While it's mostly tech-savvy surfers who install Adblock Plus browser plug-in, an advertising bureau suggested that websites will fight ad-blocking by blocking the content with an error message or a paywall if you use an ad blocker.
"Advertising is the economic engine that drives the Internet and gives us free websites and great content," but as click-through rates decline, ads get more annoying in order to grab surfers' attention. Eyeo, the creators of Adblock Plus, wrote:
We don't want obtrusive pop-ups, or obnoxious blinking ads, or 30-second pre-roll video ads running amok on our computers and mobile phones. We wouldn't tolerate that in the physical world; why should we accept them just because it's digital? Imagine a billboard jumping in front of your car while on the freeway, or a newspaper ad suddenly opening up and covering all the words you are reading. Why should online ads get special treatment? Moreover, the noisier that online ads get, the more people install adblockers to stop them. It's an unwinnable, downward spiral.
Starting with Adblock Plus 2.0, not all advertising was blocked; in fact, if an ad meets the criteria for being "acceptable," then it shows up by default. Surfers can disable that feature, usually by unchecking "allow non-intrusive advertising," or under filter lists options like below, but the thought process is to leave it enabled to reward websites that rely on "non-intrusive" ads for revenue.
By not blocking acceptable ads, Eyeo believes it will show there is a market for them and encourage advertisers to create more. As part of that cycle, the company wants people and organizations to sign its "Acceptable Ads Manifesto;" the five principal tenets are:
- Acceptable Ads are not annoying.
- Acceptable Ads do not disrupt or distort the page content we're trying to read.
- Acceptable Ads are transparent with us about being an ad.
- Acceptable Ads are effective without shouting at us.
- Acceptable Ads are appropriate to the site that we are on.
So far, only five companies have signed the manifesto; they are Adblock Plus, Reddit, Customer Commons, PageFair and The Anti-Advertising Agency.
It's easy to see the dilemma; while we want great content for free, most websites providing that content can't do it for free and must make money somehow. That brings us to an interesting, yet infuriating, CNET interview in which Mike Zaneis, general counsel for Interactive Advertising Bureau, described a "counterattack" plan to start "blocking the blockers."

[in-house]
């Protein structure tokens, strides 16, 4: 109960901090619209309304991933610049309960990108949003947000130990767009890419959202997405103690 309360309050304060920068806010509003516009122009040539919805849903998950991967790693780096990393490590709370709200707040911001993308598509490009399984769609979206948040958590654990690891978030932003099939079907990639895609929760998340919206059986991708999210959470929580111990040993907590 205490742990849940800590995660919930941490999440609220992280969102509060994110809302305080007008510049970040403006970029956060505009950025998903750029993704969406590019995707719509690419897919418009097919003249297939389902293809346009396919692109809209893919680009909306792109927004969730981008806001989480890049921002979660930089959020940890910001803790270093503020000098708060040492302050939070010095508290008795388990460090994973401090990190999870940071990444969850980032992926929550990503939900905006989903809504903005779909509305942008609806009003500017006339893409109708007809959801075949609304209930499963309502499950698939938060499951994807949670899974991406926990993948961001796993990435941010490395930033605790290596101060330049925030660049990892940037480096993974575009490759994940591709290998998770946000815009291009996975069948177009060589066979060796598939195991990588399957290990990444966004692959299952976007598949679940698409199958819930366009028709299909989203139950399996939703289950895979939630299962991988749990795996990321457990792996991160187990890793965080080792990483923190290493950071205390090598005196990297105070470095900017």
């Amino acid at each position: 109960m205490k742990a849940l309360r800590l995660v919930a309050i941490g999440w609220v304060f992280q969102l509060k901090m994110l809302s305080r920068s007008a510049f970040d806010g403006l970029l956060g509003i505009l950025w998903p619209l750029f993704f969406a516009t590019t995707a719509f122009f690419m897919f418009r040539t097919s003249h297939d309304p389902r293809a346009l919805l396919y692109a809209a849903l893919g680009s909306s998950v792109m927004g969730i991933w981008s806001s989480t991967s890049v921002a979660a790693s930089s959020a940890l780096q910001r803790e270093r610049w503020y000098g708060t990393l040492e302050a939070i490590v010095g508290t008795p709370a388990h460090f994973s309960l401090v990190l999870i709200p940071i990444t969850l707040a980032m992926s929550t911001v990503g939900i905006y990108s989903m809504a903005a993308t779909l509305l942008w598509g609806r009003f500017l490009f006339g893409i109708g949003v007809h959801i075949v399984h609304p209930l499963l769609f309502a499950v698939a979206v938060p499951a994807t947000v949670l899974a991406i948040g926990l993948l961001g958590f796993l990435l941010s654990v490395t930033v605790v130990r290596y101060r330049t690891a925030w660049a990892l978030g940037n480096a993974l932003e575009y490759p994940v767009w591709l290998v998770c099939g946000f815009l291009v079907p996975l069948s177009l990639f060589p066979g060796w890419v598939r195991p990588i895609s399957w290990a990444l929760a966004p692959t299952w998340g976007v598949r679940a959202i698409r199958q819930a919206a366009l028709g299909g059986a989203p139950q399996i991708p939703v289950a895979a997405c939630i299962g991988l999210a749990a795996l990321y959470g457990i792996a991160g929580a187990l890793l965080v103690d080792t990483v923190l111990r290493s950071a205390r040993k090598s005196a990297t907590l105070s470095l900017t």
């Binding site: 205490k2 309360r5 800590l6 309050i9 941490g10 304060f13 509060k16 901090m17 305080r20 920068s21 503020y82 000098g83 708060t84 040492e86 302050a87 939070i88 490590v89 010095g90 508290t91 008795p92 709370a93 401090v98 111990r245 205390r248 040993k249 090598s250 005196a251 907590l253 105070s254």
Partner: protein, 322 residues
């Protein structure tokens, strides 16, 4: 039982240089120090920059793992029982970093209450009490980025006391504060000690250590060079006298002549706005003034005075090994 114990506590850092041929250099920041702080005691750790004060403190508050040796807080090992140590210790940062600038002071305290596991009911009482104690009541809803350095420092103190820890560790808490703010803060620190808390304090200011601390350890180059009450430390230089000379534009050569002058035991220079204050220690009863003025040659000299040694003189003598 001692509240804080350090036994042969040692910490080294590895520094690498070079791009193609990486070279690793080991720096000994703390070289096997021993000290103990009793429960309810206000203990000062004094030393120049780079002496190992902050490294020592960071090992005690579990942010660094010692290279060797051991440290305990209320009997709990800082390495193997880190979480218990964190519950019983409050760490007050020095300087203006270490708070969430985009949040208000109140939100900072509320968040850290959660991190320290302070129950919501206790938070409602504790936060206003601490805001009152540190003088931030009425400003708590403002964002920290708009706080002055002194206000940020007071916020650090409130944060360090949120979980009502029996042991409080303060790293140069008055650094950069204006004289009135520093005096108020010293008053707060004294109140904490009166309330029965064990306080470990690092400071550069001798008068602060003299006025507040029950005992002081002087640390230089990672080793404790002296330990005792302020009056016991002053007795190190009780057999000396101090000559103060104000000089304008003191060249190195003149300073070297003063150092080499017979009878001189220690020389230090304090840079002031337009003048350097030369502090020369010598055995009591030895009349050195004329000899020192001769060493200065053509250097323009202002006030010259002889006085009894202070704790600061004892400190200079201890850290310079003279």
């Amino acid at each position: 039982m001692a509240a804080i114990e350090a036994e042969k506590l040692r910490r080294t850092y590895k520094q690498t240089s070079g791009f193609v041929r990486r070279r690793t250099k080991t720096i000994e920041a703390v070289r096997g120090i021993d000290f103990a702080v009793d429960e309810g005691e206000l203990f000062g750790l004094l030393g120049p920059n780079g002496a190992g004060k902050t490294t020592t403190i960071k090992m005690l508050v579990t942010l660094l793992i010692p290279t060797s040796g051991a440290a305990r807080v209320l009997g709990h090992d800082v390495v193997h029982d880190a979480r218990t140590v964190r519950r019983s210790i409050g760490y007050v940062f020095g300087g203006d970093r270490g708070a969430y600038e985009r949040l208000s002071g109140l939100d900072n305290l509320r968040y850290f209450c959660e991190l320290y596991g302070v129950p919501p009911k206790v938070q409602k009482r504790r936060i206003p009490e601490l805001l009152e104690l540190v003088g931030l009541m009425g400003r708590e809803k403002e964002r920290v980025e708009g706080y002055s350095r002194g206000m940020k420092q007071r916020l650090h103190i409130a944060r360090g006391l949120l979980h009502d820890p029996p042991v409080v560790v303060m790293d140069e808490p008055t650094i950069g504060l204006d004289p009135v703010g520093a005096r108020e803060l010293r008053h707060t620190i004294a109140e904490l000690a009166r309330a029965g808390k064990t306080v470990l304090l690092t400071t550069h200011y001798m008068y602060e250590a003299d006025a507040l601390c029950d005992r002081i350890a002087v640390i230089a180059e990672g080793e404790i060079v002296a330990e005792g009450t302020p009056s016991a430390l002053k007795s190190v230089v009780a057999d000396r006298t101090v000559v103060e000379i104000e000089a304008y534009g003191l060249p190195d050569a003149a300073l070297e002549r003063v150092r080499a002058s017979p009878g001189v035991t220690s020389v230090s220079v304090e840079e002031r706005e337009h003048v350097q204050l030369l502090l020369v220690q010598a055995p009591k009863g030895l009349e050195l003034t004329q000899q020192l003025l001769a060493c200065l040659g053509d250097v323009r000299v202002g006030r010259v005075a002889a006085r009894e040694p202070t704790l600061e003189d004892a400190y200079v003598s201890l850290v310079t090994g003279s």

Although Zaneis makes the threat of ad-blockers sound dire, some sites experience "less than 5%" of users blocking ads. Yet he more-or-less said ad blockers are the devil and will be the reason why more websites will wall-off their content behind a paywall or choose to block content from surfers who block ads. In the block the ad-blockers scenario, instead accessing the content, there could be an error message saying you can't see it because you have enabled an ad-blocker.
IAB's "counterattack" plan has far-reaching potential since IAB is not some little group; it "is comprised of more than 600 leading media and technology companies that are responsible for selling 86% of online advertising in the United States."
Although it seems like the acceptable ads manifesto could be the best compromise as non-annoying ads would not be blocked, Zaneis called the manifesto "a ransom note. These people are no better than Internet pirates facilitating the theft of content. To do it under the guise of 'these ads aren't acceptable' is a complete facade. It's a sham. They block all ads by default."
Adblock Plus does not block all ads, but Zaneis maintains it does unless a "ransom" is paid to the for-profit company behind free plug-in. "The hypocrisy is outrageous," he added.
Since paywalls are generally not very well received, and most sites are unlikely to migrate behind one, Zaneis said, "The next logical solution is that people won't give away content and services to folks who aren't part of the value chain [those using ad blockers]."
The whole interview is worth a read, whether you agree with blocking ads or not, but Zaneis claims people don't mind ads and having their lives data-mined. "People understand being marketing to. My grandparents were marketed to their entire lives. The oldest form of advertising in this country is the Sears catalog. People are OK with that."
Perhaps people were OK with a physical catalog, but it didn't track your every step; a hard-copy magazine didn't data-mine what interested you, or create a profile that is sold to advertisers.
Zaneis said, "The Internet is the greatest revolution of our time, and it's supported by ad revenue. So there's a consumer revolt against it? The exact opposite has happened. It's a wild success."
Yes online ads are a money-making success that are so intrusive the majority of people still don't understand the basics of how ads invade their privacy, nevertheless understand more complicated cross-device ad tracking in which your online behavior is tracked as one profile across multiple devices.
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